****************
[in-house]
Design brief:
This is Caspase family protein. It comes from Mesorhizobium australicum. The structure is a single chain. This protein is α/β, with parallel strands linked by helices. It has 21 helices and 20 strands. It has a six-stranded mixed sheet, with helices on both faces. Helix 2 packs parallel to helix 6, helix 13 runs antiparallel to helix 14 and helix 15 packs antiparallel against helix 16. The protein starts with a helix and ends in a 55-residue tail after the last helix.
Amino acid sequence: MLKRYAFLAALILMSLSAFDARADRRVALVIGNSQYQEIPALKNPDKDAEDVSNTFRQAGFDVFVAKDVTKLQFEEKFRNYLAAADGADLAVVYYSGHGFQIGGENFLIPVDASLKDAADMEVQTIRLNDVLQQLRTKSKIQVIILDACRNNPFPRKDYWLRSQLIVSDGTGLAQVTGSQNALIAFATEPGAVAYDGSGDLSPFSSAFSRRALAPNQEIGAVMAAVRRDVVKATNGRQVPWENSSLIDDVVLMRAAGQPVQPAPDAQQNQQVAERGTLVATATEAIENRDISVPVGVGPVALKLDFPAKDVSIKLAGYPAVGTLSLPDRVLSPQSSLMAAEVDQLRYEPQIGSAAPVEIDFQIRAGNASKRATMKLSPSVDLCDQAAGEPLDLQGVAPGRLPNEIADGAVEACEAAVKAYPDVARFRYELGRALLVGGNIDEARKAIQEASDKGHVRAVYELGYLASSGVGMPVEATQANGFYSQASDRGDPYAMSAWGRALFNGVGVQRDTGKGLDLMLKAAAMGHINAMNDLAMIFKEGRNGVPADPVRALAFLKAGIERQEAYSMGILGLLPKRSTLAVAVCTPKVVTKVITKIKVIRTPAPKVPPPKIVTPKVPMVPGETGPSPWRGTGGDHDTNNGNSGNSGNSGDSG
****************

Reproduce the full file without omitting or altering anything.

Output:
[in-house]
Design brief:
This is Caspase family protein. It comes from Mesorhizobium australicum. The structure is a single chain. This protein is α/β, with parallel strands linked by helices. It has 21 helices and 20 strands. It has a six-stranded mixed sheet, with helices on both faces. Helix 2 packs parallel to helix 6, helix 13 runs antiparallel to helix 14 and helix 15 packs antiparallel against helix 16. The protein starts with a helix and ends in a 55-residue tail after the last helix.
Amino acid sequence: MLKRYAFLAALILMSLSAFDARADRRVALVIGNSQYQEIPALKNPDKDAEDVSNTFRQAGFDVFVAKDVTKLQFEEKFRNYLAAADGADLAVVYYSGHGFQIGGENFLIPVDASLKDAADMEVQTIRLNDVLQQLRTKSKIQVIILDACRNNPFPRKDYWLRSQLIVSDGTGLAQVTGSQNALIAFATEPGAVAYDGSGDLSPFSSAFSRRALAPNQEIGAVMAAVRRDVVKATNGRQVPWENSSLIDDVVLMRAAGQPVQPAPDAQQNQQVAERGTLVATATEAIENRDISVPVGVGPVALKLDFPAKDVSIKLAGYPAVGTLSLPDRVLSPQSSLMAAEVDQLRYEPQIGSAAPVEIDFQIRAGNASKRATMKLSPSVDLCDQAAGEPLDLQGVAPGRLPNEIADGAVEACEAAVKAYPDVARFRYELGRALLVGGNIDEARKAIQEASDKGHVRAVYELGYLASSGVGMPVEATQANGFYSQASDRGDPYAMSAWGRALFNGVGVQRDTGKGLDLMLKAAAMGHINAMNDLAMIFKEGRNGVPADPVRALAFLKAGIERQEAYSMGILGLLPKRSTLAVAVCTPKVVTKVITKIKVIRTPAPKVPPPKIVTPKVPMVPGETGPSPWRGTGGDHDTNNGNSGNSGNSGDSG